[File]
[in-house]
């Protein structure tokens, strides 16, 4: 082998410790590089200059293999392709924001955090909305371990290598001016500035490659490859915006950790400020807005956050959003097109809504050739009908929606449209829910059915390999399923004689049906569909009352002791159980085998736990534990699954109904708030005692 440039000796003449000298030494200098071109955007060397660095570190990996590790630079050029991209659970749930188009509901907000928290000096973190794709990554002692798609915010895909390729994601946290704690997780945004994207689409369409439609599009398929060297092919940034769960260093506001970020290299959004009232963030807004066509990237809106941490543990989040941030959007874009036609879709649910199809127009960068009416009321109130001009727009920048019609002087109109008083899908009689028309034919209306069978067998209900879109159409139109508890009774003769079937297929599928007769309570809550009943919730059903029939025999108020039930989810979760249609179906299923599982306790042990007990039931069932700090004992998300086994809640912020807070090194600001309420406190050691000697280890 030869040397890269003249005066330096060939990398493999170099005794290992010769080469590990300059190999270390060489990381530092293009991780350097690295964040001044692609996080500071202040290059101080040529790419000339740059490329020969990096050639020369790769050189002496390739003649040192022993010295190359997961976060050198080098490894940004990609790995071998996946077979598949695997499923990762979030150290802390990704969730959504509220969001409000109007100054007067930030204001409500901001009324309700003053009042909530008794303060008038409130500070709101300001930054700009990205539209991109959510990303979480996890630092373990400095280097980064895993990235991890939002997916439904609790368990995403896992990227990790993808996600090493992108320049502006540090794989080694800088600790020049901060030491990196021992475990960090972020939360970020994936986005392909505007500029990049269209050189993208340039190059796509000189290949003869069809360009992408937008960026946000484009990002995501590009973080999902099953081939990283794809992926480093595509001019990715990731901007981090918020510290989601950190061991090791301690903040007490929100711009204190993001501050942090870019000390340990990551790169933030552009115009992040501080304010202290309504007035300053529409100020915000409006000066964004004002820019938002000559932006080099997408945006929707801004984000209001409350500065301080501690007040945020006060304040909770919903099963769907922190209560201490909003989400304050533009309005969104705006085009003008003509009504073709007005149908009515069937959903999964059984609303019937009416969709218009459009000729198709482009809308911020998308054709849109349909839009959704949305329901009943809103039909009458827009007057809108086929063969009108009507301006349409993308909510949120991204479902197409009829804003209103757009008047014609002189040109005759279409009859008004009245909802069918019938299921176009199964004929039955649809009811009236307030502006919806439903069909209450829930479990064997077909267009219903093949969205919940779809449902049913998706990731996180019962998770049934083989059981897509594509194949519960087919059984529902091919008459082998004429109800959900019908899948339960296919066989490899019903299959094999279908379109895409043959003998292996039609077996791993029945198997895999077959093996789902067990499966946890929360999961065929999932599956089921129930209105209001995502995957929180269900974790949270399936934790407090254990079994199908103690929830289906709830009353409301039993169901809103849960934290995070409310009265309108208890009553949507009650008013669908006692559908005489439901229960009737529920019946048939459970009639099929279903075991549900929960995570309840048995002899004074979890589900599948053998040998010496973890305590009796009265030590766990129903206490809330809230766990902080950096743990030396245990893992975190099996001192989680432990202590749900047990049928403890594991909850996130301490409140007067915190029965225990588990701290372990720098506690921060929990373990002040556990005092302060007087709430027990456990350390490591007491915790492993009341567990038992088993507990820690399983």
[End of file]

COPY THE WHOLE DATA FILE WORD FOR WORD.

[in-house]
């Protein structure tokens, strides 16, 4: 082998410790590089200059293999392709924001955090909305371990290598001016500035490659490859915006950790400020807005956050959003097109809504050739009908929606449209829910059915390999399923004689049906569909009352002791159980085998736990534990699954109904708030005692 440039000796003449000298030494200098071109955007060397660095570190990996590790630079050029991209659970749930188009509901907000928290000096973190794709990554002692798609915010895909390729994601946290704690997780945004994207689409369409439609599009398929060297092919940034769960260093506001970020290299959004009232963030807004066509990237809106941490543990989040941030959007874009036609879709649910199809127009960068009416009321109130001009727009920048019609002087109109008083899908009689028309034919209306069978067998209900879109159409139109508890009774003769079937297929599928007769309570809550009943919730059903029939025999108020039930989810979760249609179906299923599982306790042990007990039931069932700090004992998300086994809640912020807070090194600001309420406190050691000697280890 030869040397890269003249005066330096060939990398493999170099005794290992010769080469590990300059190999270390060489990381530092293009991780350097690295964040001044692609996080500071202040290059101080040529790419000339740059490329020969990096050639020369790769050189002496390739003649040192022993010295190359997961976060050198080098490894940004990609790995071998996946077979598949695997499923990762979030150290802390990704969730959504509220969001409000109007100054007067930030204001409500901001009324309700003053009042909530008794303060008038409130500070709101300001930054700009990205539209991109959510990303979480996890630092373990400095280097980064895993990235991890939002997916439904609790368990995403896992990227990790993808996600090493992108320049502006540090794989080694800088600790020049901060030491990196021992475990960090972020939360970020994936986005392909505007500029990049269209050189993208340039190059796509000189290949003869069809360009992408937008960026946000484009990002995501590009973080999902099953081939990283794809992926480093595509001019990715990731901007981090918020510290989601950190061991090791301690903040007490929100711009204190993001501050942090870019000390340990990551790169933030552009115009992040501080304010202290309504007035300053529409100020915000409006000066964004004002820019938002000559932006080099997408945006929707801004984000209001409350500065301080501690007040945020006060304040909770919903099963769907922190209560201490909003989400304050533009309005969104705006085009003008003509009504073709007005149908009515069937959903999964059984609303019937009416969709218009459009000729198709482009809308911020998308054709849109349909839009959704949305329901009943809103039909009458827009007057809108086929063969009108009507301006349409993308909510949120991204479902197409009829804003209103757009008047014609002189040109005759279409009859008004009245909802069918019938299921176009199964004929039955649809009811009236307030502006919806439903069909209450829930479990064997077909267009219903093949969205919940779809449902049913998706990731996180019962998770049934083989059981897509594509194949519960087919059984529902091919008459082998004429109800959900019908899948339960296919066989490899019903299959094999279908379109895409043959003998292996039609077996791993029945198997895999077959093996789902067990499966946890929360999961065929999932599956089921129930209105209001995502995957929180269900974790949270399936934790407090254990079994199908103690929830289906709830009353409301039993169901809103849960934290995070409310009265309108208890009553949507009650008013669908006692559908005489439901229960009737529920019946048939459970009639099929279903075991549900929960995570309840048995002899004074979890589900599948053998040998010496973890305590009796009265030590766990129903206490809330809230766990902080950096743990030396245990893992975190099996001192989680432990202590749900047990049928403890594991909850996130301490409140007067915190029965225990588990701290372990720098506690921060929990373990002040556990005092302060007087709430027990456990350390490591007491915790492993009341567990038992088993507990820690399983």